Sunday, September 14, 2014

A visible reminder

     The feast of the Exultation of the Holy Cross takes precedence in our celebration this weekend at liturgy.  Celebrated on the 14th of September each year, it allows us to "lift high the cross" in our life of faith as we celebrate the Lordship of Jesus Christ in our lives.  I shared a few of the following thoughts at the Masses this weekend.

     The cross is the strangest symbol and a sign of hope and goodness and love for the world.  It was and is a degrading form of execution in the world.  For the Roman citizen, even notorious criminals and murders condemned to death, crucifixion was beneath their dignity, it was so horrible and degrading.  And yet crucifixion continue to be used to put people to death, with reports recently of ISIS crucifying Christians and others in Iraq.  Not a beautiful symbol for our homes or around our necks.  Could you imagine a picture of a hangman's noose or a chopping block or a lethal injection apparatus hanging in your home or on a chain around your neck?  What makes the cross so different and allows us to exalt in it is the great act of sacrifice and love that took place on the tree of the cross two thousand years ago.  When Jesus embraced the cross out of love for you and me and brought sin and death to that tree, it was forever transformed.  From an object of abjection it became a sign of hope.  From darkness and death it became light and life.  When we gaze upon Christ crucified and are reminded of his sacrifice and death for us embraced in pure love and selflessness, we are reminded of our continued hardness of heart and sinfulness but also of God's mercy and love.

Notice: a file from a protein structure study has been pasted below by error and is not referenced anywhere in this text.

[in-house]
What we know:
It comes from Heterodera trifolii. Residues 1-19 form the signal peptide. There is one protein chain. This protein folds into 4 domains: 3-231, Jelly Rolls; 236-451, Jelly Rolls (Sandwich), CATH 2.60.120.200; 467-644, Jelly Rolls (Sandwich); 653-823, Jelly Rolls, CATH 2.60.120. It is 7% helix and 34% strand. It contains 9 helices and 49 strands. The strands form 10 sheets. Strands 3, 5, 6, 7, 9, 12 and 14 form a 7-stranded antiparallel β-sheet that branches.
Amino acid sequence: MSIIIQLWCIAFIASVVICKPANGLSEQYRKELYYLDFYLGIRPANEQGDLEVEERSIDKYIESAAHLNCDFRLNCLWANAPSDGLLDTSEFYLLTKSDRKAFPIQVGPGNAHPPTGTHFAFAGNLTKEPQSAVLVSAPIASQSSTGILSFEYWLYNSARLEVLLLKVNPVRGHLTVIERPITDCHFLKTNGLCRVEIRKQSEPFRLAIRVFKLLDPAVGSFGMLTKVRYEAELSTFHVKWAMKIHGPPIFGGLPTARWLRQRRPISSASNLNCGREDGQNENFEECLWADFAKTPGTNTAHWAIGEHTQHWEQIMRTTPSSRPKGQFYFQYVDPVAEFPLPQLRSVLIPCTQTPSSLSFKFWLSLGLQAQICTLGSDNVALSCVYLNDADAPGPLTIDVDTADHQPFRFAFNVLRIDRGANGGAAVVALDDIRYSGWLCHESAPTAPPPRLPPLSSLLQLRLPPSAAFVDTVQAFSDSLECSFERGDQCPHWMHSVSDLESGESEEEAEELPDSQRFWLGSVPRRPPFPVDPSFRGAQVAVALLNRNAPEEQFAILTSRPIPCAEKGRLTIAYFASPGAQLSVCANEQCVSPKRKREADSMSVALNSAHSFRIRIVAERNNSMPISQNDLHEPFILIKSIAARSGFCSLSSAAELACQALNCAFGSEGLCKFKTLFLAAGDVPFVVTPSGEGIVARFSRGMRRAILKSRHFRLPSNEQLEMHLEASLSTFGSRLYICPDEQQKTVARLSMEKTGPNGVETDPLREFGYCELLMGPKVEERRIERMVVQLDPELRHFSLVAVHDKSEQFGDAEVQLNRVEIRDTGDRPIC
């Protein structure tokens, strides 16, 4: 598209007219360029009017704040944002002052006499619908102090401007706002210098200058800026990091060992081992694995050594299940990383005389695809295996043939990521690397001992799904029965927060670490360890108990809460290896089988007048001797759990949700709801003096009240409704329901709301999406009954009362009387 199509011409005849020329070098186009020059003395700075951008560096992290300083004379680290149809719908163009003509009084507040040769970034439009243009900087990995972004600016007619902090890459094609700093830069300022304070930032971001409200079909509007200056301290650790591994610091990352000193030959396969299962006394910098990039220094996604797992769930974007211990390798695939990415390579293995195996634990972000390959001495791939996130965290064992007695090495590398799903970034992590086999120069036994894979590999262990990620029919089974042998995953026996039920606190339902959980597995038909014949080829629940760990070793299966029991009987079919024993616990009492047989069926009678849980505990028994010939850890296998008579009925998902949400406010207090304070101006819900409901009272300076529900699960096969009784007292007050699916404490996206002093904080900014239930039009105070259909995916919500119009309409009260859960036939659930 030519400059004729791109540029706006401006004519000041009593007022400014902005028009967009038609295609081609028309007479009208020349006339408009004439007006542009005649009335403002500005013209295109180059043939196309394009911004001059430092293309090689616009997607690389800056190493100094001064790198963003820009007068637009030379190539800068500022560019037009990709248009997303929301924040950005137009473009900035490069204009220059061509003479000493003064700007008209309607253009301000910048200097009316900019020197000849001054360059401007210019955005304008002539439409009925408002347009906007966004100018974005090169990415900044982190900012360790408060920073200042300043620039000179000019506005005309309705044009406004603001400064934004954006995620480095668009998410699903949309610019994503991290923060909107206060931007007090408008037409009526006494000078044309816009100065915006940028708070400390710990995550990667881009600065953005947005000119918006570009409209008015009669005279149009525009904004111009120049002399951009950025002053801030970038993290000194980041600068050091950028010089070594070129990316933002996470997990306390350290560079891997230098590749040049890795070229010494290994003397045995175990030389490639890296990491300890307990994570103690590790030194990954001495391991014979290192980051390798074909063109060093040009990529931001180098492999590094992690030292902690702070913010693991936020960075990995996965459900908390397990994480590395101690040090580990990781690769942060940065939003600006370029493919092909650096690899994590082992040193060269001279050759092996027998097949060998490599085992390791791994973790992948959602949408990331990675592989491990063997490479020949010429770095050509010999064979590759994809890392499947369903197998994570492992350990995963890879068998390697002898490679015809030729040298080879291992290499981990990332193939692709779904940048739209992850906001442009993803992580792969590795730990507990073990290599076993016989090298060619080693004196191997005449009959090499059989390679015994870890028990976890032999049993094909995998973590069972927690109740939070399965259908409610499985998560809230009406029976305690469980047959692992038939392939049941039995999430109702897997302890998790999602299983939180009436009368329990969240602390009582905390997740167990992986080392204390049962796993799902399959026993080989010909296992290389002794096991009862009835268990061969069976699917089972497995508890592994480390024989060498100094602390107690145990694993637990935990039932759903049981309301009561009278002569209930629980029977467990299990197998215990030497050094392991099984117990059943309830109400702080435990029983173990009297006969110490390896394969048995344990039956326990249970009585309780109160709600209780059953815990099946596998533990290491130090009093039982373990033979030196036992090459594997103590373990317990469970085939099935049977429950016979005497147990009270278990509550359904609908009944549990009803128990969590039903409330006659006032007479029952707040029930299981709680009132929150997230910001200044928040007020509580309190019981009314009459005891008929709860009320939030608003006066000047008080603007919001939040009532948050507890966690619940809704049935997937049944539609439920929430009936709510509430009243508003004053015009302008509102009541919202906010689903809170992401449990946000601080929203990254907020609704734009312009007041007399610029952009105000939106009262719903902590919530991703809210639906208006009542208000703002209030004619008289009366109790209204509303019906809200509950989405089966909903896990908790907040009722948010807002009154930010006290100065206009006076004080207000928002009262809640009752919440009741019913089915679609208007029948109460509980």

Just as with Moses and the people of God in our reading from Numbers today, when the serpents entered the camp and brought death with their bites to the hard hearted people who rejected the gifts of God, God instructed Moses to make an image of the serpent - an image that would remind the people of their sin and its results, and to lift that serpent high on a pole.  When those who saw the bronze serpent realized their sin against God and repented, changing their hearts, they would be shown the mercy of God, and live.  Jesus says to Nicodemus that the Son of man must also be lifted up to bring salvation and life.  That Son of man was lifted up on the "tree of the cross".  I mentioned that the symbol for the medical profession, - the snake on a pole - while having meaning in ancient mythology, is a great reminder of the saving power of God in our fragile, self centered lives.

     It is in the holy cross that the love of Christ is revealed.  It is the cross of mercy and mystery.

     We adore you of Christ and we praise you; because by your holy cross you have redeemed the world.

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